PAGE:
Hurrah! I almost made myself sick trying to get these right, but I finally did it! I made the perfect macarons! It was so hard to blend the blanched almonds with powdered sugar, get the right consistency of whipped egg whites, and exercise proper macaronage technique. Last year when I had first tried this, my heart broke every time a batch of cracked macarons came out of the oven.
Not this time, folks! Here’s to tenacity and stubbornness— voici beautiful matcha green tea macarons!
The feet are not as developed as it should be (okay, so they’re not perfect), but next time I’ll let them sit out for 30-60 min and see if that helps with anything. Bravetart’s blog has an awesomely helpful post on macarons, which really helped me realize that the main two issues in making perfect macarons are 1. the whipping of the egg whites and 2. the macaronage, or the mixing of the wet and dry ingredients to the so-called ‘lava’ consistency. Unfortunately, I have never seen lava flowing down a volcano, so it was a bit hard to imagine how that would translate to macaron-batter. I think I have some idea now, however.
French Macarons Recipe
Of all the various macaron recipes I’ve tried, Bravetart’s seems to be the best. So below are the ingredients and their amounts that she listed. See her website for more details on process and technique: (http://bravetart.com/recipes/Macarons)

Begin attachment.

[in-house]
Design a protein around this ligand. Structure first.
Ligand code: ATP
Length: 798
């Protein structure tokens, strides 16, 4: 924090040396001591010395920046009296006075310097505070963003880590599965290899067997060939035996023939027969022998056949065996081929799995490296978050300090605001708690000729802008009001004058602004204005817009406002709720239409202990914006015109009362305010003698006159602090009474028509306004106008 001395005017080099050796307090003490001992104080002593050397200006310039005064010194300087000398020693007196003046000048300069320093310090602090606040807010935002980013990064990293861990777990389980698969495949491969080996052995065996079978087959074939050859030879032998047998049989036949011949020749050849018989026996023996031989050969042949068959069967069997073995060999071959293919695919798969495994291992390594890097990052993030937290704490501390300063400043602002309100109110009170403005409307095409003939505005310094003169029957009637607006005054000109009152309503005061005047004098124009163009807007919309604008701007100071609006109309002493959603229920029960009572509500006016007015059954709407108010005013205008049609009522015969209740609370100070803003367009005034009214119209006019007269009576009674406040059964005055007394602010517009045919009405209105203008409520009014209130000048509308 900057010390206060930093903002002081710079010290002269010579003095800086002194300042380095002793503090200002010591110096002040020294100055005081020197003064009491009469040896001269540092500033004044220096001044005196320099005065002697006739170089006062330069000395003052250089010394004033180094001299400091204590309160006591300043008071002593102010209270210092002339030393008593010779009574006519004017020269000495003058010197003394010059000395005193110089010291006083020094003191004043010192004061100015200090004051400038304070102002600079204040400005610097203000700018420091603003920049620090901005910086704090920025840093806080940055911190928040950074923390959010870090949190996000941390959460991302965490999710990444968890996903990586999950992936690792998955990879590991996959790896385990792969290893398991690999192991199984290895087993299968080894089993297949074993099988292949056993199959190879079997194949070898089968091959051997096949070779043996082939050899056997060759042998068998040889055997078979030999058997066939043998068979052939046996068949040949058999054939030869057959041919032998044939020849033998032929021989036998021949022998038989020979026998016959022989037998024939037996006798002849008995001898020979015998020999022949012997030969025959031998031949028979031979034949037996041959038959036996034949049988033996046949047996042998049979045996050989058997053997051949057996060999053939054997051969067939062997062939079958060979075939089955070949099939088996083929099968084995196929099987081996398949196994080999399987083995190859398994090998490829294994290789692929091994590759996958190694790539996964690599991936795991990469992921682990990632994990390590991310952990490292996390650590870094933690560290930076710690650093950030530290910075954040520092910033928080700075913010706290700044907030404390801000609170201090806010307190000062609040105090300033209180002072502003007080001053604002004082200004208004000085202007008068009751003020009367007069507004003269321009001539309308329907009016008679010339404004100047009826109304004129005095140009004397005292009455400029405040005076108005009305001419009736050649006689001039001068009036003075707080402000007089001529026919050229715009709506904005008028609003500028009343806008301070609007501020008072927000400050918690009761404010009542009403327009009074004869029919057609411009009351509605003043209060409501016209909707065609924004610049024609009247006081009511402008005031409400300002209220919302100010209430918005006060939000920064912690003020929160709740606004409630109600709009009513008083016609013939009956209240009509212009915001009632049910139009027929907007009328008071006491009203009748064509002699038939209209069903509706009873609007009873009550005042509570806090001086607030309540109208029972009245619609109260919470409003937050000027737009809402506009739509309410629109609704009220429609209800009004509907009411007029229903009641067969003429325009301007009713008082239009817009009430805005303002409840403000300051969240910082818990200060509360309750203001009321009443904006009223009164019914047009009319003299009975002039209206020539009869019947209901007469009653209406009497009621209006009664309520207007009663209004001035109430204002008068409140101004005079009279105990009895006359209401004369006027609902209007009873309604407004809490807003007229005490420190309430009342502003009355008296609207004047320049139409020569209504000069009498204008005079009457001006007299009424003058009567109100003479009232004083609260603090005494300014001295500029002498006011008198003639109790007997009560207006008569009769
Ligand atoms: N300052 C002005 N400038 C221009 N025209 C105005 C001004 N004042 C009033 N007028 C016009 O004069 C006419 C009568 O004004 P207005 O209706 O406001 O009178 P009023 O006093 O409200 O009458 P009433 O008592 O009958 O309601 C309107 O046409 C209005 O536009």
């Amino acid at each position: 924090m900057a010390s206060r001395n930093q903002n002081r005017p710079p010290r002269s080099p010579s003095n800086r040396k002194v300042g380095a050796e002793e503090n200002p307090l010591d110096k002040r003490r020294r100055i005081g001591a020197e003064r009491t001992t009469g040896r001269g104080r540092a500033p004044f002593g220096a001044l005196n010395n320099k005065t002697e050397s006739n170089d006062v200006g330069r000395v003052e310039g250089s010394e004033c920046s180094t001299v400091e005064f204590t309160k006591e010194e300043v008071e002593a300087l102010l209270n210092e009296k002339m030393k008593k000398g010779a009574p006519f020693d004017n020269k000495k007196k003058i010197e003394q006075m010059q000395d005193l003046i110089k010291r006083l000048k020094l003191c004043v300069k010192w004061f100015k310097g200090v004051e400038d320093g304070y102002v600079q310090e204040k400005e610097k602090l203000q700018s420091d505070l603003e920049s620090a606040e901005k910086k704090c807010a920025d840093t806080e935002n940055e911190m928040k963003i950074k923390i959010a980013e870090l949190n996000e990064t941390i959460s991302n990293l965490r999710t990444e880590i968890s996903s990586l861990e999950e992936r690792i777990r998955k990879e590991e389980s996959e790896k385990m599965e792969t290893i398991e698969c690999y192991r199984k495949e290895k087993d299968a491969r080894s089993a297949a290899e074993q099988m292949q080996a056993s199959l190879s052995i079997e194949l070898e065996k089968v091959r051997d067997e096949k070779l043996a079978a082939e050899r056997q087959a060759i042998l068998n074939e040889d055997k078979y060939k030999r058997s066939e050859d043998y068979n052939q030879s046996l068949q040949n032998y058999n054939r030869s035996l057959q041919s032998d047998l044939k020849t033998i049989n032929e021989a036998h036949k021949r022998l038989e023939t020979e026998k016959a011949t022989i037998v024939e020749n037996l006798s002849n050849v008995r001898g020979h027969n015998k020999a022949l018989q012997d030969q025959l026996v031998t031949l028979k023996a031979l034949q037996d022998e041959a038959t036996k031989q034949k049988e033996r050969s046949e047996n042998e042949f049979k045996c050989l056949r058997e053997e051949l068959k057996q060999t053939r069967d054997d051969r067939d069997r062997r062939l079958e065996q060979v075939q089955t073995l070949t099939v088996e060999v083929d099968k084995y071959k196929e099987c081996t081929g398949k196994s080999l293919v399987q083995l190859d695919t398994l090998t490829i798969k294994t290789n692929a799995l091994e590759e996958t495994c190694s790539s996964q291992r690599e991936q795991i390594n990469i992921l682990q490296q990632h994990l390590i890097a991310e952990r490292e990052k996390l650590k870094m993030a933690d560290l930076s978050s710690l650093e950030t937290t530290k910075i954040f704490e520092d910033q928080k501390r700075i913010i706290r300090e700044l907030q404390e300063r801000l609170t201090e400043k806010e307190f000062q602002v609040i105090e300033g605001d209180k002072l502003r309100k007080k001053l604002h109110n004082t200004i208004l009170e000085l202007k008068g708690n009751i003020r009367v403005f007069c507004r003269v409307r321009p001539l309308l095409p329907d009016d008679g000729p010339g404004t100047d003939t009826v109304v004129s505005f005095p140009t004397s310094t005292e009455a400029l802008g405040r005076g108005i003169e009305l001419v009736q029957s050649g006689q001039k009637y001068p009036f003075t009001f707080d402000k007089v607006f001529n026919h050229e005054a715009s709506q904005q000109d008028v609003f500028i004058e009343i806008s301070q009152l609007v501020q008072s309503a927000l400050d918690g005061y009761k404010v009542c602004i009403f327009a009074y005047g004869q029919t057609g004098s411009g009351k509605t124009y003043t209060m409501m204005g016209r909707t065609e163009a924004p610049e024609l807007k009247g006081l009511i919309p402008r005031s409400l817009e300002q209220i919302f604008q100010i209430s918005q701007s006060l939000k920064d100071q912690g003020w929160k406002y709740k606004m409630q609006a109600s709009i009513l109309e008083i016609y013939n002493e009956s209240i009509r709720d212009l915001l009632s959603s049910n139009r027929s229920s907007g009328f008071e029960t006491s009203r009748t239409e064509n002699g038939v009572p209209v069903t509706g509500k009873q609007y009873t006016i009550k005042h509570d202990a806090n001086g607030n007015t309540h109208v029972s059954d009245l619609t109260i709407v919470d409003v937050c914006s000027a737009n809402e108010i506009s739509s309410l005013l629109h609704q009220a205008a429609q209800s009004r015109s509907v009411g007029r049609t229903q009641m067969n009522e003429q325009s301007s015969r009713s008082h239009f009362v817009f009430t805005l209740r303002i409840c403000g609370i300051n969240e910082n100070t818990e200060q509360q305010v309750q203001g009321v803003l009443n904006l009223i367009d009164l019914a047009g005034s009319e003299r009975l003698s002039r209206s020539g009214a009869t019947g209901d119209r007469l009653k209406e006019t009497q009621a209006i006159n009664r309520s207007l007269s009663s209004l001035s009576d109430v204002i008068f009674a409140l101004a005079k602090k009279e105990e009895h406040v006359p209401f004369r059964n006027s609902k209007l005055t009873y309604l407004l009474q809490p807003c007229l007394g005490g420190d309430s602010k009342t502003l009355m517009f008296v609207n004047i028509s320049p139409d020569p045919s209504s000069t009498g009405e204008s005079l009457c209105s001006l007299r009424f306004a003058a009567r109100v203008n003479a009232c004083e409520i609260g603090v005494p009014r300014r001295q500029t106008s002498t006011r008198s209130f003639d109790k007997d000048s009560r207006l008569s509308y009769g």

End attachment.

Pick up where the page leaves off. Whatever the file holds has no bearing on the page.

115g blanched almonds or almond flour
230g powdered sugar
144g egg whites— temperature, age, and farm-freshness or store-bought, all not important.
2 tsp vanilla extract
1/2 tsp salt
Place the almonds and powdered sugar in the food processor. For the mango mascarpone macarons, I just used the normal macaron batter but added a bit of yellow/red food coloring. Blend and put through a sifter.
In the bowl of a stand mixer, add salt and the vanilla extract to the egg whites. Whip on low speed and when it gets foamy, add the sugar. Increase the speed to medium and then medium high.
Whip the egg whites until stiff peaks form. It should have the consistency of shaving cream.
Place the meringue in the almond mixture and perform the magical art of macaronage.
When you get to that perfect molten-lava consistency, pipe your precious macaron batter on a cookie sheet.
Place in the oven at 300F for 15-18 minutes depending on the size of your macs.
Apologies for the not-so-aesthetically-pleasing photo of the mint ice cream. In any case, this home- and hand-made ice cream was absolutely delicious. I used David Lebovit’s recipe (here) and the mint leaves from the plant in our backyard. The freshness of mint perfectly accompanied the sweet softness of the ‘cream’. For those without an ice-cream maker (i.e., me!!!), it is quite possible to make ice-cream by hand (David Lebovitz has another handy article on how to do so).
I think I’ve got macaron-fever…